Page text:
When I’m on the search for a new job, I typically start with a general CV in a clean, simple format. It has my updated job history, most impactful experiences, and contact information.
If you don’t know where to start, we’ve created a great guide you can follow when writing your software developer CV. The article breaks down the different sections one should include in a CV and what you can include in each. I recommend you include the skills you feel most confident about in your general resume, which can be modified and changed according to the role you’re applying for at a later date.
Soft skills for software engineers are very important, so highlight the leadership and communication skills you have in your CV. For work experience, use examples of projects that were most impactful and have data points to back them up. If needed, you can tailor these, but I find that 2-3 bullets per role should be enough here.
I try to think of my resume from the perspective of the recruiter. They are only looking at the CV for a brief time, how can I make it easy for them to see I’m worth taking the time to interview?
Below is an example of a resume I used in the past. I got this from Enhancv. It cost a small amount but since it was a CV that stood out, I think it was worth every penny. There are a number of free options out there so don’t go paying the first person selling you a resume. You can get free templates on Figma, these are created by the design community and are very good — you just have to know a tiny bit about design.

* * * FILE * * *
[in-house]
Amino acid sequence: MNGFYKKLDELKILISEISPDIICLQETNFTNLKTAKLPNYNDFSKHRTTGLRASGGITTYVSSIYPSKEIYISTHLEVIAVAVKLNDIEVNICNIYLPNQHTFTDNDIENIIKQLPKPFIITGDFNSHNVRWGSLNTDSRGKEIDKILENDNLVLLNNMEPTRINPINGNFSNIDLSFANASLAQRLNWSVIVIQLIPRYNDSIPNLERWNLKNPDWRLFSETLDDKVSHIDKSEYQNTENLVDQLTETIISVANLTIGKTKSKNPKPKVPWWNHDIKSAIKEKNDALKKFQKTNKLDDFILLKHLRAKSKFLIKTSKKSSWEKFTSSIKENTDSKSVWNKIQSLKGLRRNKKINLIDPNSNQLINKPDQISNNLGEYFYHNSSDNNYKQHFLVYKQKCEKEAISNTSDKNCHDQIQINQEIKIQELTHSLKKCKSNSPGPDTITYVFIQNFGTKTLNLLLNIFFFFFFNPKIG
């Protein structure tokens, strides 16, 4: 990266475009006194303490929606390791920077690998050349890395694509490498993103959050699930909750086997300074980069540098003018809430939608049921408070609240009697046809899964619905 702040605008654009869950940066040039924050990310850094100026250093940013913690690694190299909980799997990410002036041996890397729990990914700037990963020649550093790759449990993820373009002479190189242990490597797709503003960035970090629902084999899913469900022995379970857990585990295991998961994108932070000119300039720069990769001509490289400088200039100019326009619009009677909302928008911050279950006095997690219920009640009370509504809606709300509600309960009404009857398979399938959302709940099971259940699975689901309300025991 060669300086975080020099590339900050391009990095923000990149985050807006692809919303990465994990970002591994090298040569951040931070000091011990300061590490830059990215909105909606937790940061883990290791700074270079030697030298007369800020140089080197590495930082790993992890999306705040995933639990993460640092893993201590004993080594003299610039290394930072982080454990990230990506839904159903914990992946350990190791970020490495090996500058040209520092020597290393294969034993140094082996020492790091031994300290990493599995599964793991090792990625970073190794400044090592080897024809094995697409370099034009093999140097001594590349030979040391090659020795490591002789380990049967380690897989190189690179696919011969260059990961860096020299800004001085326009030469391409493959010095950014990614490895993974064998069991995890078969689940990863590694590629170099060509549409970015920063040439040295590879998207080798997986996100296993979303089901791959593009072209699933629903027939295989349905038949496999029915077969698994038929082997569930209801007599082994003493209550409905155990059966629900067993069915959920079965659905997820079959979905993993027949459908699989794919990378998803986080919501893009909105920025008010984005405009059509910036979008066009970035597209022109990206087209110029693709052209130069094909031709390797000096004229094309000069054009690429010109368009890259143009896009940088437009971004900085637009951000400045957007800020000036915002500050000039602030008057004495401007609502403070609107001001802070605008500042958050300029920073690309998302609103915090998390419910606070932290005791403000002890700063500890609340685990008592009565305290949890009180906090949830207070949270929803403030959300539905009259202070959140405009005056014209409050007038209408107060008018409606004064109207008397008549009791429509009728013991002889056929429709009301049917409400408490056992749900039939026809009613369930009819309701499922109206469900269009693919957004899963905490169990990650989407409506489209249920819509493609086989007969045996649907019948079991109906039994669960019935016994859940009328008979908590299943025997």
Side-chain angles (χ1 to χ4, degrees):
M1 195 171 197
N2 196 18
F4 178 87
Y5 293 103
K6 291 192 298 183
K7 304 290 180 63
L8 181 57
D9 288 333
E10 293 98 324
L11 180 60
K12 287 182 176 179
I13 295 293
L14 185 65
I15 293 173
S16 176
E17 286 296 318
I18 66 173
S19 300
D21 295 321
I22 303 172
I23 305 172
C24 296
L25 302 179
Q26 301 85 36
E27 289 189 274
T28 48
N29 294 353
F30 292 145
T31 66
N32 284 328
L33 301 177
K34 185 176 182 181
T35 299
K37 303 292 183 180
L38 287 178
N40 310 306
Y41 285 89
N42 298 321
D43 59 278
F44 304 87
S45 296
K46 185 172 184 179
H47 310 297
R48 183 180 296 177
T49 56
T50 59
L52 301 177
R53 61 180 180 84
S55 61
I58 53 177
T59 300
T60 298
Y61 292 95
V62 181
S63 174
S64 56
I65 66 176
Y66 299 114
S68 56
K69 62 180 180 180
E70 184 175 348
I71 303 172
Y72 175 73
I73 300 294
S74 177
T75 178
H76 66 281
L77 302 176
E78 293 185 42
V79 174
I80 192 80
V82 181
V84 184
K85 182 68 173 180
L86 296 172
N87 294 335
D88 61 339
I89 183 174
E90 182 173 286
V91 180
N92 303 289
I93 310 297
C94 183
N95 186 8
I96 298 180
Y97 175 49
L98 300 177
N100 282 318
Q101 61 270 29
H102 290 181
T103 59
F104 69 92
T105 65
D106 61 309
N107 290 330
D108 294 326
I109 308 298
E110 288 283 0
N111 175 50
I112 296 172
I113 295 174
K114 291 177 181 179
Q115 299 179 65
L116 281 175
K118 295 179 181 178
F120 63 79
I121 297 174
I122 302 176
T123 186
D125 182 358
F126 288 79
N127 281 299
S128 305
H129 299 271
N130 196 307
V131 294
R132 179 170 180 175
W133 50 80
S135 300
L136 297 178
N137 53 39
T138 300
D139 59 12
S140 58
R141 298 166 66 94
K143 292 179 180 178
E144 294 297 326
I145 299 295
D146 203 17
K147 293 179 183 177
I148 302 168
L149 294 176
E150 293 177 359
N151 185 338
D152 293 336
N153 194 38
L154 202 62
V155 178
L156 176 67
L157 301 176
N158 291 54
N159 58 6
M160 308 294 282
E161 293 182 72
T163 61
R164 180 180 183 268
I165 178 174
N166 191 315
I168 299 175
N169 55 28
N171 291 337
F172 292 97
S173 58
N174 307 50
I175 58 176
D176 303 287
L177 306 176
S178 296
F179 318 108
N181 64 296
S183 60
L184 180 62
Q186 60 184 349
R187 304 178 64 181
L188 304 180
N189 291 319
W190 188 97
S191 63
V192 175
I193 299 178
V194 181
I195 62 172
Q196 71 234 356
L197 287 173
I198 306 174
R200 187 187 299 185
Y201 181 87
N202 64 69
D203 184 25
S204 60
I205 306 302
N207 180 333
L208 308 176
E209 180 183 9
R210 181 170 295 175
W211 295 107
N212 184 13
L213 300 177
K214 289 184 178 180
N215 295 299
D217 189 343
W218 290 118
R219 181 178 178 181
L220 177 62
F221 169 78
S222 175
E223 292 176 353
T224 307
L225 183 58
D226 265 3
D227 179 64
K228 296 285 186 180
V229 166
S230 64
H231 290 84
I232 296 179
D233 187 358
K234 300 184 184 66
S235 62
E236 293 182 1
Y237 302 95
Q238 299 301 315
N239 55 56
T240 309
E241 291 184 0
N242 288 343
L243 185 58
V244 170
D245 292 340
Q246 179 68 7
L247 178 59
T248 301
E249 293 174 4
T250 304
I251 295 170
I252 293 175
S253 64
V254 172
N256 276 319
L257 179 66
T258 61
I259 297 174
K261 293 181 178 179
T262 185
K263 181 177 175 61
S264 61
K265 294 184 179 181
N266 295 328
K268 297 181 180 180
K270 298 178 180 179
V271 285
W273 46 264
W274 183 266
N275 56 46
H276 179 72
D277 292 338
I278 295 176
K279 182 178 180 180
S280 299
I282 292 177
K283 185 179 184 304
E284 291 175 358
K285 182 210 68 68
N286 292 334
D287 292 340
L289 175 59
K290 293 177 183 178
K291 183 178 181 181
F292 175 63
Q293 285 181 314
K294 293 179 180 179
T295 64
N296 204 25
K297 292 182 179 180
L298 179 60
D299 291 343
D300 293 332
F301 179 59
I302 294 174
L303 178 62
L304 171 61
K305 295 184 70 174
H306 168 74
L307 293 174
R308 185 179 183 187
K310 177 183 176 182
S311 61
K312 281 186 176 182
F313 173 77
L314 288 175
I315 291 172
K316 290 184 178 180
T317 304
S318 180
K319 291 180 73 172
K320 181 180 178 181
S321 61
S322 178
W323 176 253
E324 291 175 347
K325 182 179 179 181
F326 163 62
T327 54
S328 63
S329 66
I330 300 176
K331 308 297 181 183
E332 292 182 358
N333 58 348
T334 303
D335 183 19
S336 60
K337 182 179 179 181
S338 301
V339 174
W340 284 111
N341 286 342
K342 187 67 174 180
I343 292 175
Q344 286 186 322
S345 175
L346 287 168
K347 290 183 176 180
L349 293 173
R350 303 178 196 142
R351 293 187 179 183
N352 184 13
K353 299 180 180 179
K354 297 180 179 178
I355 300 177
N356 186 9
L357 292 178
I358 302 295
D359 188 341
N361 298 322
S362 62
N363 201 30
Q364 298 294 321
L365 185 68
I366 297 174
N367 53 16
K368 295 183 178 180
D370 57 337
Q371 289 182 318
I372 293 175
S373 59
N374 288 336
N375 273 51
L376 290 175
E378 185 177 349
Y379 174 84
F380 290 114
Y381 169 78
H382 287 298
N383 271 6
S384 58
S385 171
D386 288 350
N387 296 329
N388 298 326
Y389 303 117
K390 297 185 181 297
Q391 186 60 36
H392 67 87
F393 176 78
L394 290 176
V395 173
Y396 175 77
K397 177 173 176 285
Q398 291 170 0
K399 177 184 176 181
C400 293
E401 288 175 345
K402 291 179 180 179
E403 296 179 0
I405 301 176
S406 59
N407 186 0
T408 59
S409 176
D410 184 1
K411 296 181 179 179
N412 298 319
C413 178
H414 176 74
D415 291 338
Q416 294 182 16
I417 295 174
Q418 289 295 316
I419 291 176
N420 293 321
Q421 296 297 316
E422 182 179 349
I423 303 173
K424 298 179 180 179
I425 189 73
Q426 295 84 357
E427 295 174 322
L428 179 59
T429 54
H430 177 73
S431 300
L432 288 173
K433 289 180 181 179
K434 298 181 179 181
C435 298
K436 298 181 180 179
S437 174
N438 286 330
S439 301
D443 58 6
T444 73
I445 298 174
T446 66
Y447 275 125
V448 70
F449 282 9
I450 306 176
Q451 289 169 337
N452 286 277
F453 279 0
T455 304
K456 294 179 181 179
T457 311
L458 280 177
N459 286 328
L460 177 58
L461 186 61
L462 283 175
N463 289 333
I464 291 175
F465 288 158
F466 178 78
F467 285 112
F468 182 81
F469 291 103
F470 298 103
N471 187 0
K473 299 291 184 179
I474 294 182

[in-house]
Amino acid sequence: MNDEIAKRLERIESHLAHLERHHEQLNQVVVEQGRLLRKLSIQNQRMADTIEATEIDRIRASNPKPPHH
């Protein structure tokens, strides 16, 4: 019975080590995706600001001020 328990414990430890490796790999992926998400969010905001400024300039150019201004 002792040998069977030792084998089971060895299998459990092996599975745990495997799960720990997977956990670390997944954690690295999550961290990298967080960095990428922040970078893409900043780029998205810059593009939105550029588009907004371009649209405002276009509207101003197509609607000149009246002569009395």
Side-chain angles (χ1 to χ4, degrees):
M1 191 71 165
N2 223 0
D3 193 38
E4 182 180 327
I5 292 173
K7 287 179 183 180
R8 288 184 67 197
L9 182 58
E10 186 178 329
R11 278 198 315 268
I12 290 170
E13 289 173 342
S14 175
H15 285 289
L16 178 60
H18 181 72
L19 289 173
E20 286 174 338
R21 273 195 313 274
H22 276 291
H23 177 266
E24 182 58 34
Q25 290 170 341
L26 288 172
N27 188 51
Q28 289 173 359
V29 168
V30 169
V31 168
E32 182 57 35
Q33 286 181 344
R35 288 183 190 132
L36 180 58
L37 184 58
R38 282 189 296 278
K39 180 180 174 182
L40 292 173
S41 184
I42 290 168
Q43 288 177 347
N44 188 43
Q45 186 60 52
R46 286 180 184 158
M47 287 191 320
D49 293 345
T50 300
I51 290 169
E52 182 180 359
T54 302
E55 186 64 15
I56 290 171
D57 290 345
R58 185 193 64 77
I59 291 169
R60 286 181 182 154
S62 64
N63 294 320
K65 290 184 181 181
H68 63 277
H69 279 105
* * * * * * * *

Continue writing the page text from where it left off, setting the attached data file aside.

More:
My advice is to keep it simple, keep it readable, and make it easy for recruiters to get a glimpse of who you are and what you’ve done so far in your career!
Tailoring your developer CV to the job
Research the company
If you follow the first step it makes it much easy to tailor your CV to each company. You just have to make a few minor edits. But before you start to tailor your CV, you first want to research the company. Some companies will be easy, some will be an effort.
Let’s take Netflix as an example. The company makes research super simple since they have a public culture document. I used this document when I applied and eventually got a job with the streaming company. When I was preparing for the interview, I read the culture document and saw that Netflix places a lot of importance on critical thinking and clear communication. They also support doing what is best for the company through freedom and responsibility.